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September 06, 2018

City of Frankfurt bans diesel

We promise not to list every German city that imposes a diesel ban, but the first imposition of a city-wide ban on older diesel cars matters because it will encourage other cities to follow suit. 

Frankfurt has introduced the first total ban, covering an entire city area. The one from Hamburg covered a small number of streets in the city. Frankfurts's ban takes effect in February 2019, and affects all diesel cars compliant with the Euro 4 or older standards, and petrol cars compliant with the Euro 2 norm and older. 

Frankfurter is a commuter city. The ban effectively bars people from commuting with older cars. Wealthier employees, or those with modern company cars, will not be affected. Because of its geographical location, Frankfurt has been suffering for a long time from elevated levels of pollution, and the city - along with Stuttgart - is one of those with the highest measured values of nitrogen oxide and nitrogen dioxide. 

As FAZ reports this morning, more diesel bans are on the way. An environmental NGO is currently suing several state governments for their decision not to act against cities that breach agreed NO2 targets. The next big development to watch out for would the imposition of a ban on cars compliant with the Euro 5 norm - this would cover the majority of diesel cars in circulation.

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September 06, 2018

A fairytale meeting for Macron in Luxembourg

There is the whiff of a fairytale about Emmanuel Macron’s meeting with the three Benelux leaders Charles Michel, Mark Rutte and Xavier Bettel in Luxembourg today. As unlikely as it will sound to anyone under the age of 30, the Benelux was once upon a time a politically exciting laboratory and motor of European integration. Not only did Belgium, the Netherlands and Luxemburg pioneer deeper cooperation — the three countries produced Prime Ministers who acted either as dependable mutual backers or as trailblazers of a more integrated Europe.

It is especially ironic that the same Benelux then proceeded to pioneer the new brand of anti-muslim populism that is now ripping Europe and the West apart. Out of the hyper-pragmatic Netherlands emerged a political novelty act called Pim Fortuyn whose brief time in the limelight became a historic watershed. Following Fortuyn’s assassination 16 years ago, the Netherlands dropped out of the club of reliably pro-integration EU members, killing off the Benelux as a political force and upending the balance of European politics.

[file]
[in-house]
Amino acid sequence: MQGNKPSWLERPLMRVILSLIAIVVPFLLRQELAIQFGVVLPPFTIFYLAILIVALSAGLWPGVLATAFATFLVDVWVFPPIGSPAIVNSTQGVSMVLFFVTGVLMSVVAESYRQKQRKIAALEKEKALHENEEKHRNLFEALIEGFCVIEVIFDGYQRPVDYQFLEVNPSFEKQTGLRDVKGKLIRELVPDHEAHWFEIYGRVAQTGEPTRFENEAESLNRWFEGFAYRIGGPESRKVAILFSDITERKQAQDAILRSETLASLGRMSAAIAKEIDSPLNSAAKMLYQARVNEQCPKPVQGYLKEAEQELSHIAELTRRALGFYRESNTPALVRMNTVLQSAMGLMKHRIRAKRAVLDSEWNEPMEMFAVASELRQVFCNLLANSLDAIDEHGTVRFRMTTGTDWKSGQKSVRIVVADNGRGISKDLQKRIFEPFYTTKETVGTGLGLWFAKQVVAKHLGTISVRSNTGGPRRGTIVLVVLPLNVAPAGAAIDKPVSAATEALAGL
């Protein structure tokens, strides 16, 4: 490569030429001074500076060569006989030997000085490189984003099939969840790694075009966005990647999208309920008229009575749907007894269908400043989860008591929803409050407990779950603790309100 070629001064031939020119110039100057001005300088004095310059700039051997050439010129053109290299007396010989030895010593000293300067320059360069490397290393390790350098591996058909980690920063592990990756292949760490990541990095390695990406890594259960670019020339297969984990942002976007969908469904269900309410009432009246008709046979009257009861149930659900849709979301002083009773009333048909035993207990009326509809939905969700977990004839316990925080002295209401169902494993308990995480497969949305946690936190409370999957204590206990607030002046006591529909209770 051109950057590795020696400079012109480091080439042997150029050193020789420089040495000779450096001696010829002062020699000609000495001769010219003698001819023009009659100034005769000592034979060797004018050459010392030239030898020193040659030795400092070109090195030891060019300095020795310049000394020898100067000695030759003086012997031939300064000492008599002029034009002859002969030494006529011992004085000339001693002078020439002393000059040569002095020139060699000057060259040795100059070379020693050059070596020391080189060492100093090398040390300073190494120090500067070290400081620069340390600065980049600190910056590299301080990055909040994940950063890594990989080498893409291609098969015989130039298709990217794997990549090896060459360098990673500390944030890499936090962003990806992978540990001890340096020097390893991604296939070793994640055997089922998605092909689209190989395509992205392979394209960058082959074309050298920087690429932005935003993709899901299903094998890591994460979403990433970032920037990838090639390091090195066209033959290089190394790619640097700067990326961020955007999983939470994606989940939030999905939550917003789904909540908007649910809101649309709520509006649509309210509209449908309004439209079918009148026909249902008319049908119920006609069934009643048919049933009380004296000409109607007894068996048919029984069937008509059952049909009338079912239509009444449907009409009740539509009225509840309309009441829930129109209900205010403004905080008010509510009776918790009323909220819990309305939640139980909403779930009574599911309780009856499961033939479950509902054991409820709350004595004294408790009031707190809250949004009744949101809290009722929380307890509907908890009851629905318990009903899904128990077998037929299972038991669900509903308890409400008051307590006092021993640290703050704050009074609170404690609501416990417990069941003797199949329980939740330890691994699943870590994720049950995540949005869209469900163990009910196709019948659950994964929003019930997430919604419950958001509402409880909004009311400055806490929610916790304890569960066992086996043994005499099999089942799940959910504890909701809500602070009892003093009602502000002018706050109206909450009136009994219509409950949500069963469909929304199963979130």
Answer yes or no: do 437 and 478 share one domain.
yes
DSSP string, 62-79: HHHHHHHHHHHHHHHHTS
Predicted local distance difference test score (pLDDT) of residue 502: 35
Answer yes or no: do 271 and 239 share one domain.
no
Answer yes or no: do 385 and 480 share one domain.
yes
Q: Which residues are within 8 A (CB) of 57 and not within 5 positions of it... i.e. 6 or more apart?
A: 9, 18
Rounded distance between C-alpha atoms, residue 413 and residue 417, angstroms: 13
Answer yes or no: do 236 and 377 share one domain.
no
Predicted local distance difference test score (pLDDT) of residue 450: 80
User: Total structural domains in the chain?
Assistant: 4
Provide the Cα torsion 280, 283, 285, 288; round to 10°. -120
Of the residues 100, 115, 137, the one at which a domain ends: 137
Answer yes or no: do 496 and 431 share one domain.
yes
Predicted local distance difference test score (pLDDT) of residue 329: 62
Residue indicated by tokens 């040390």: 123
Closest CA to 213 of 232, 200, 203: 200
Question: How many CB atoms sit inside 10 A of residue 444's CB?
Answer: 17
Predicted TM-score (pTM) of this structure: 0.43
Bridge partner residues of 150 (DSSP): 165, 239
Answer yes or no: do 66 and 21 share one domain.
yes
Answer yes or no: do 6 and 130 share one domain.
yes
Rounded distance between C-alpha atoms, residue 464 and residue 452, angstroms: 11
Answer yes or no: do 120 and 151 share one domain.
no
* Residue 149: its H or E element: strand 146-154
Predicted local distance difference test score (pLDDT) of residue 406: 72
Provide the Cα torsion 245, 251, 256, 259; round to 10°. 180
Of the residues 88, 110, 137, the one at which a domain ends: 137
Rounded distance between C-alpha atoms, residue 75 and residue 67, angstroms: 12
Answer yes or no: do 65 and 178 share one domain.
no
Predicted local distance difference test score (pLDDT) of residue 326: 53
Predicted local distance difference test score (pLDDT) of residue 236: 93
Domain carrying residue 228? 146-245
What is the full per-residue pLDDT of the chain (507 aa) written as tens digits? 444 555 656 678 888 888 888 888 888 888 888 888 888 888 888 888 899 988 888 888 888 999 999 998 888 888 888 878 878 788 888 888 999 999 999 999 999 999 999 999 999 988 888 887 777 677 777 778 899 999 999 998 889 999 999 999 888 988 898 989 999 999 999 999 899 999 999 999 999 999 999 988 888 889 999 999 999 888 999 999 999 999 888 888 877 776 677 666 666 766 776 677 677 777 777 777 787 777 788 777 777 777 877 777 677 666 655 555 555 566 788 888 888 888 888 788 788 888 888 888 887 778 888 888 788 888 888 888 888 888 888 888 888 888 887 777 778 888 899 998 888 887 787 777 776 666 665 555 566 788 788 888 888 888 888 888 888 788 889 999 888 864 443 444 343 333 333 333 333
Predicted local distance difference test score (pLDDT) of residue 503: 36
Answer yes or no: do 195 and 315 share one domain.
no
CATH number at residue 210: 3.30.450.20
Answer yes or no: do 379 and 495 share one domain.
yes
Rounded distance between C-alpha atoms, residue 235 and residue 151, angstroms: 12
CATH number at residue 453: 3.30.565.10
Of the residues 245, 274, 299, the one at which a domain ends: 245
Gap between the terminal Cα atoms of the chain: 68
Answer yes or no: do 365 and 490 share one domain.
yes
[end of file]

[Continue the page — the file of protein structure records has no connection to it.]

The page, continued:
It is obvious that Macron would love to act as the midwife of a magical rebirth of the Benelux as an auxiliary motor of Europe. On the face of it, all the stars are aligned. Macron gets on well with all three leaders and the foursome has met formally and informally before. The three Benelux prime ministers, like Macron, all belong to the younger Erasmus generation of European Council members. Just as importantly, the three belong to political parties that coalesce with the liberal ALDE group in the European Parliament. Macron trusted confidant, Christophe Castaner, was in Brussels on Tuesday to meet ALDE group leader Guy Verhofstadt to discuss the future relationship between Macron’s MEPs and the liberals in the EP.

Publicly, there will be warm words in Luxembourg today. Privately, there might be further headway towards the formation of a new and powerful group of liberals augmented by French and other MEPs and accepting Macron as the informal leader of a new pro-integration force in European politics. But, notwithstanding Macron’s chumminess with Rutte, a man whom he might try to push into one of the EU’s top jobs next year, any revival of the Benelux as a relevant factor must remain a mirage for the foreseeable future. The reason is simple. Post-Fortuyn, anti-muslim right-wing populism and hostility to more EU integration are simply too deeply and powerfully ingrained in Dutch politics.

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